Rollerball is a dystopia about the world some time in the future with corporations instead of states. It follows the story of the captain of a rollerball team (rollerball is a made-up sports game that looks a little like quidditch, but has motorcycles and rollers instead of brooms), who became so very popular that the governing clique decided that he’s a threat to their power and should be removed. He didn’t agree.
Frankly, it’s nothing interesting. The plot is hackneyed and has nothing in it able to surprise anybody: a hero of the demos defies the highest authority, and he does that because the authority foolishly tries to supress him, even though he didn’t give them a single occasion to do that; the confrontation grows and grows, and soon the explosion becomes inevitable, but the authority keeps on pushing, and there you have it. A lot of the circumstances in the story are murky, unintelligible. Also, the powers that be look implausibly stupid in that confrontation.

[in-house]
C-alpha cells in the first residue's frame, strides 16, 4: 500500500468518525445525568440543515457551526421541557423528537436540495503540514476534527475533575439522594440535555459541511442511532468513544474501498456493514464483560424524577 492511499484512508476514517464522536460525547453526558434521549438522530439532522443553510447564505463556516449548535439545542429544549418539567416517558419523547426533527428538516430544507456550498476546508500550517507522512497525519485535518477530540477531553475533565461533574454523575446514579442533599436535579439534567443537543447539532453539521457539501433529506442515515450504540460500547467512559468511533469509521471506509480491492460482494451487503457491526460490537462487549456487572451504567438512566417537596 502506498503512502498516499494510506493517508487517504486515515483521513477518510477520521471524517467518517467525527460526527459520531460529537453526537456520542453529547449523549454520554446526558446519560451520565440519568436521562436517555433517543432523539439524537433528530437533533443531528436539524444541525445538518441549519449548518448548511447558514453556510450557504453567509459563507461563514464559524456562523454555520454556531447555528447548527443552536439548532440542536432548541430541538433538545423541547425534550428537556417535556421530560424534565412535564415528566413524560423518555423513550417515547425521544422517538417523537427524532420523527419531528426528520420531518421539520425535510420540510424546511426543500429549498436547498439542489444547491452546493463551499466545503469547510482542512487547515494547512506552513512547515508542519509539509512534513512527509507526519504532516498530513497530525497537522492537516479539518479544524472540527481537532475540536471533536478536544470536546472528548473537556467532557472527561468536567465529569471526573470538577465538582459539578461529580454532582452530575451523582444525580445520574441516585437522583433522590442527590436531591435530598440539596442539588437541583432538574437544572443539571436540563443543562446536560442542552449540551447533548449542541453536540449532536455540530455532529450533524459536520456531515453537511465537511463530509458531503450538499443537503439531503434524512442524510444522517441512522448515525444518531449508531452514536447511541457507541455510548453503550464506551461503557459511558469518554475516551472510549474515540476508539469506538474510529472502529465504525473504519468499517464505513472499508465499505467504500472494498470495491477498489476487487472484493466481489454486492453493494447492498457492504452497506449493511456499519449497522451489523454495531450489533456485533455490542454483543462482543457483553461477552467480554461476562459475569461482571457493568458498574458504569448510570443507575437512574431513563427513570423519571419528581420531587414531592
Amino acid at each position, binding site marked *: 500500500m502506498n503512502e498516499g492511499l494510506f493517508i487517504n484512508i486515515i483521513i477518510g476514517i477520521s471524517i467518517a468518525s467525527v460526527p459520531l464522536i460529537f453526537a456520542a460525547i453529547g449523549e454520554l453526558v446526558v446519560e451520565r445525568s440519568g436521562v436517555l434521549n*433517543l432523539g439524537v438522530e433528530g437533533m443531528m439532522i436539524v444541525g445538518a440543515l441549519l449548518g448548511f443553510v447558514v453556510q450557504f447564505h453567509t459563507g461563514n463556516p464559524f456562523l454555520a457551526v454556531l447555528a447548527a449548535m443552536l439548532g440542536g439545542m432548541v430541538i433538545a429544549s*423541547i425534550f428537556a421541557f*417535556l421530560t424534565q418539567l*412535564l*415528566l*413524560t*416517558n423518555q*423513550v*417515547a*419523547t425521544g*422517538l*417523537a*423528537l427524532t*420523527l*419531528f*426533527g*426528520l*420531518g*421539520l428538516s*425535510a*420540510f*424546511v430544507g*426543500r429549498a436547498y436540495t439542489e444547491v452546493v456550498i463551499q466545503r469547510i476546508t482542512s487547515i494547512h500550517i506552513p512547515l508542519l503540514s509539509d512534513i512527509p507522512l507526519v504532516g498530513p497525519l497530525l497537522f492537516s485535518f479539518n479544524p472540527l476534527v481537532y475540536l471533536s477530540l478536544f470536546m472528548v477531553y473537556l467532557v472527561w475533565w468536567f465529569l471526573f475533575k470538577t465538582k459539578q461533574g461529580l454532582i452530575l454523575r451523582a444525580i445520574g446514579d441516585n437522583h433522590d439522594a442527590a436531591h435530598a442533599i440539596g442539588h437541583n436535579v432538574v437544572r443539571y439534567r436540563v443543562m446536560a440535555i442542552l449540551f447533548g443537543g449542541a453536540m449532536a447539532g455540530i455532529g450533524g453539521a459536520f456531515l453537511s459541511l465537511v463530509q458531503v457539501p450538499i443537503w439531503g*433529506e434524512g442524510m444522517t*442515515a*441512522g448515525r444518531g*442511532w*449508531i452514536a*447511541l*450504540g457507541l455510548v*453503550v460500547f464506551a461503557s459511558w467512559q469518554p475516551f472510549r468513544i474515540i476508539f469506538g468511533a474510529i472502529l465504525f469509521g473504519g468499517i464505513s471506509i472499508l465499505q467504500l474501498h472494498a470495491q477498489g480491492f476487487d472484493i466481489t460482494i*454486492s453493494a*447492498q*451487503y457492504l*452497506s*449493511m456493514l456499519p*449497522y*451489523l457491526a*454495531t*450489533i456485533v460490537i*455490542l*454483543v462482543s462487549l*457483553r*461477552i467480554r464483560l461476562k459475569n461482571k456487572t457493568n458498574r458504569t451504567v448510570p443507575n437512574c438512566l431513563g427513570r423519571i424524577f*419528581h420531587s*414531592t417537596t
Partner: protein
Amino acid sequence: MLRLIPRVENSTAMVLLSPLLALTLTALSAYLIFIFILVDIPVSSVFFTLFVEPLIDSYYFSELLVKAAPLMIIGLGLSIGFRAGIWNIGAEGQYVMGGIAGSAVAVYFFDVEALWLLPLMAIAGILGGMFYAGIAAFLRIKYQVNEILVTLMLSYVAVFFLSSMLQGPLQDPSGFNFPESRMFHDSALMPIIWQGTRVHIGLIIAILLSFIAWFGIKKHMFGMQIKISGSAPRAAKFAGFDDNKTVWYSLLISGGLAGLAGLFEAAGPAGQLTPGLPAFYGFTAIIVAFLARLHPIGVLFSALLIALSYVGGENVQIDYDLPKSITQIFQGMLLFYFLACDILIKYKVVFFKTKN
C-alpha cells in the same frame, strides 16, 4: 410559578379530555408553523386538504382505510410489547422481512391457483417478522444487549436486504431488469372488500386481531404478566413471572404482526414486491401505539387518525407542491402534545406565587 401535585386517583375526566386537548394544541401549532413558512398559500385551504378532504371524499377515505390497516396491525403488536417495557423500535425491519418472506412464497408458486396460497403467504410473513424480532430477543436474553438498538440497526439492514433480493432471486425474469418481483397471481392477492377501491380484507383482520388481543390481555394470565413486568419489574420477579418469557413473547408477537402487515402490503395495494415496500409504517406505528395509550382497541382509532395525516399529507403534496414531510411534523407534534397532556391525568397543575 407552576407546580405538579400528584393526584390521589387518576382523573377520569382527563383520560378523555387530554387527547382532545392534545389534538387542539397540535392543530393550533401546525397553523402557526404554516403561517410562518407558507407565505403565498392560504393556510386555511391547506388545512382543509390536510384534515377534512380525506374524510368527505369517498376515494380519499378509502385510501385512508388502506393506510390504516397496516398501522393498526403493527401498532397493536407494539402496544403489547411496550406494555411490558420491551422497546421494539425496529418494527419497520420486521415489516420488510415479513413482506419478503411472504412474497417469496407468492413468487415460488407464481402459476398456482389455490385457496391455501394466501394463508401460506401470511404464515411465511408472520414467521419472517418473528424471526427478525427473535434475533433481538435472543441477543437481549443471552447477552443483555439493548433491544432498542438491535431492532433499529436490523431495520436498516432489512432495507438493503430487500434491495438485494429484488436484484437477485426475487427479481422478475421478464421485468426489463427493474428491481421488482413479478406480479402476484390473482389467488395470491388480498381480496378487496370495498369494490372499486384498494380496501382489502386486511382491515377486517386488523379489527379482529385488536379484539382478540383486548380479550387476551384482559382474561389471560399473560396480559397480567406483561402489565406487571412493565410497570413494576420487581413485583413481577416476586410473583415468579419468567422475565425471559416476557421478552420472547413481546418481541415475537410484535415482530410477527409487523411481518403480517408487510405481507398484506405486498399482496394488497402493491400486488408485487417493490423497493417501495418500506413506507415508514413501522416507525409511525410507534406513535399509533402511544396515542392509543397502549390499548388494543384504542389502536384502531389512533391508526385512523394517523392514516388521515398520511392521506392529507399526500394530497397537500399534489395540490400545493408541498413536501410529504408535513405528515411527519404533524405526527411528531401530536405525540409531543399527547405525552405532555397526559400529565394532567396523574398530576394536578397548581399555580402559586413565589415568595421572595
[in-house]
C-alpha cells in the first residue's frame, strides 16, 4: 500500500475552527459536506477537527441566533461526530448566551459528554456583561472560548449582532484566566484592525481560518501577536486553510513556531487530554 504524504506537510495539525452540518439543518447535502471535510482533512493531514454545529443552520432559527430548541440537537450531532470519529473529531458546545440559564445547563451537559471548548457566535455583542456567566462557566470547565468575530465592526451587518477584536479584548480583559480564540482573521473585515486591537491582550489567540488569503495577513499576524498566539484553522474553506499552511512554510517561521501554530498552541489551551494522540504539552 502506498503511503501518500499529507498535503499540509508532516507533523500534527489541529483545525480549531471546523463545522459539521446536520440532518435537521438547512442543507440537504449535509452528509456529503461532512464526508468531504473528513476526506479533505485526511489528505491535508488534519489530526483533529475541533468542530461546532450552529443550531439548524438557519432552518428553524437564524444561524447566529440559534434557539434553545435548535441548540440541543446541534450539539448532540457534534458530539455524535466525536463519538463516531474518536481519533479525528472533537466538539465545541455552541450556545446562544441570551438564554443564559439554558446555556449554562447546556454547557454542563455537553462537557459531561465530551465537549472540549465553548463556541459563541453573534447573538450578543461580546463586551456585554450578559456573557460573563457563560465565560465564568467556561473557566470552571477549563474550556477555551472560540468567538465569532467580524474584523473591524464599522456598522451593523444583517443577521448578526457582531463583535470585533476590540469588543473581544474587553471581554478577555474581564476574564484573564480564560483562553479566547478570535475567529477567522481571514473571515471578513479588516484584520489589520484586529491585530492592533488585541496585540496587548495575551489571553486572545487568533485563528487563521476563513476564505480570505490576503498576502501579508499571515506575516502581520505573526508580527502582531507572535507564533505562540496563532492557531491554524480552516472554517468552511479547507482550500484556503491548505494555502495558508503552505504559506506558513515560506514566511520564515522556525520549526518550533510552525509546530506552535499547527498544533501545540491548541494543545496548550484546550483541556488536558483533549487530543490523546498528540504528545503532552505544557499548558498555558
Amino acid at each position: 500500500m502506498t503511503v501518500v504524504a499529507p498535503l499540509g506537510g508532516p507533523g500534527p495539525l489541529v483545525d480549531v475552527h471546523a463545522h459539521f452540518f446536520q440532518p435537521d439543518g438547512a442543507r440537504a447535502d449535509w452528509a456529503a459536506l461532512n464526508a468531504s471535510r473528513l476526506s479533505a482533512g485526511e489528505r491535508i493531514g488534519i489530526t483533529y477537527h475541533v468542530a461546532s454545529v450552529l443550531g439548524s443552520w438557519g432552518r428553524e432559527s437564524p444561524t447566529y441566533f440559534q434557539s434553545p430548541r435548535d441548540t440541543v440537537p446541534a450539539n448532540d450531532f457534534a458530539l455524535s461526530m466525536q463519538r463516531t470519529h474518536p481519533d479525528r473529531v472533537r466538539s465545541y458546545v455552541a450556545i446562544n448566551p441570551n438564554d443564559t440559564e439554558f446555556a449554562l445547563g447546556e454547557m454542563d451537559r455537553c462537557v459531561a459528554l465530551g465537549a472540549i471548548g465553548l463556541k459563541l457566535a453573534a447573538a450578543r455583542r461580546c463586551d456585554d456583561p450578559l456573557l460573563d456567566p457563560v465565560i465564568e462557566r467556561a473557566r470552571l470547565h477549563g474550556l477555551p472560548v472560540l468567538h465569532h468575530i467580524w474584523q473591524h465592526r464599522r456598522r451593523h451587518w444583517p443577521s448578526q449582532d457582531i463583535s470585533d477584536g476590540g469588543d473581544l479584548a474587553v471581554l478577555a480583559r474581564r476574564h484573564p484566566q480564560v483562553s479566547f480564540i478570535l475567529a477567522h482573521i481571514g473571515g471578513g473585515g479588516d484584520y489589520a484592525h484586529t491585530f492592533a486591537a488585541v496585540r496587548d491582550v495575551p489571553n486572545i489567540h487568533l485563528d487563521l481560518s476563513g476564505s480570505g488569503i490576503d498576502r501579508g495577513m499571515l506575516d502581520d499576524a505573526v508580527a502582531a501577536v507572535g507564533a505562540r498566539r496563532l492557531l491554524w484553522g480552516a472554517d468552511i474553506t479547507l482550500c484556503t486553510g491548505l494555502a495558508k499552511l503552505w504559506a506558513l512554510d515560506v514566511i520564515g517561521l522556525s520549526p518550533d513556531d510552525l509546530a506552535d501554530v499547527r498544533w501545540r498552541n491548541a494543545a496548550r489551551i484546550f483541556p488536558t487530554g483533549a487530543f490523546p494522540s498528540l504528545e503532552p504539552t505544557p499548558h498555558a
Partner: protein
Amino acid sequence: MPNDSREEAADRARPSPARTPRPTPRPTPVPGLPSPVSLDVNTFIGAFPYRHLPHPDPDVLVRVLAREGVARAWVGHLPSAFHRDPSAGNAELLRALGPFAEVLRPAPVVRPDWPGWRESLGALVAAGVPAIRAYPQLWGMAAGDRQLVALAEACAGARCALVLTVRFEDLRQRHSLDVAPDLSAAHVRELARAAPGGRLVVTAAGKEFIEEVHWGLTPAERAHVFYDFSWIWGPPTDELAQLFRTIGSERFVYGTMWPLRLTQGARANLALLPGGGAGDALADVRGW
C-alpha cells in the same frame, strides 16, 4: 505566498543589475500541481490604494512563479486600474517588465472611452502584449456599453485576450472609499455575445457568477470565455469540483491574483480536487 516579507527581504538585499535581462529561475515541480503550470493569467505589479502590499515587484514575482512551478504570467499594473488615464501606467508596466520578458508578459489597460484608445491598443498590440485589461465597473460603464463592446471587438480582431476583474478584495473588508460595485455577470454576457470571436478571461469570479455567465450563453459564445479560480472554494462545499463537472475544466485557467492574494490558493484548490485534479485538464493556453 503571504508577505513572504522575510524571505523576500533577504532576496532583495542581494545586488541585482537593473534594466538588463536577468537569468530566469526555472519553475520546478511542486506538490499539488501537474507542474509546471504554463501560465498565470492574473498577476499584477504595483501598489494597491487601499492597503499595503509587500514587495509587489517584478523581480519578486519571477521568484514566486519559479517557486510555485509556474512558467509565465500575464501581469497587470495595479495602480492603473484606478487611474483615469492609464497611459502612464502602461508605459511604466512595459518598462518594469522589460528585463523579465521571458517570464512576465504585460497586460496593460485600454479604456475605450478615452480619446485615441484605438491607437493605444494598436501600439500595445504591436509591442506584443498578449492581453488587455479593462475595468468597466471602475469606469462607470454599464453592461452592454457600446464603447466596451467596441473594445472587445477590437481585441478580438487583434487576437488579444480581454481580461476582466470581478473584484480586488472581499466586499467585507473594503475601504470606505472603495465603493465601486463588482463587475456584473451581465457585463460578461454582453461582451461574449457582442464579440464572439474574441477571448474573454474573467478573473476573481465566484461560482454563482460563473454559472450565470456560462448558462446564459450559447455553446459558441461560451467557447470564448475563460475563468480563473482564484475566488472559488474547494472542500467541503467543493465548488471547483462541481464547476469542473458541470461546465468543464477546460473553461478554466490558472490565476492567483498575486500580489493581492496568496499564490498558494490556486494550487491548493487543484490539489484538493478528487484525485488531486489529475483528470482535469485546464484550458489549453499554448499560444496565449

And at the same time the scenery looks totally ridiculous and naïve by today’s standards – and by any standars, really. Same goes to decor, costumes, etc. – everything depicting the future. Technological solutions are not very curious – or bold, for that matter, – more like benign, soft, compromising.
All in all, it’s an outdated and unnecessary film. An empty space. Not worth the time.
Released in: 1975
Directed by: Norman Jewison
Written by: William Harrison
Performed by: James Caan, John Houseman, Maud Adams, John Beck, Moses Gunn, Pamela Hensley, Barbara Trentham, John Normington, Shane Rimmer, Burt Kwouk, Nancy Bleier
Entertaining quality: 4- out of 5
Art quality: 3+ out of 5
IMDB page: link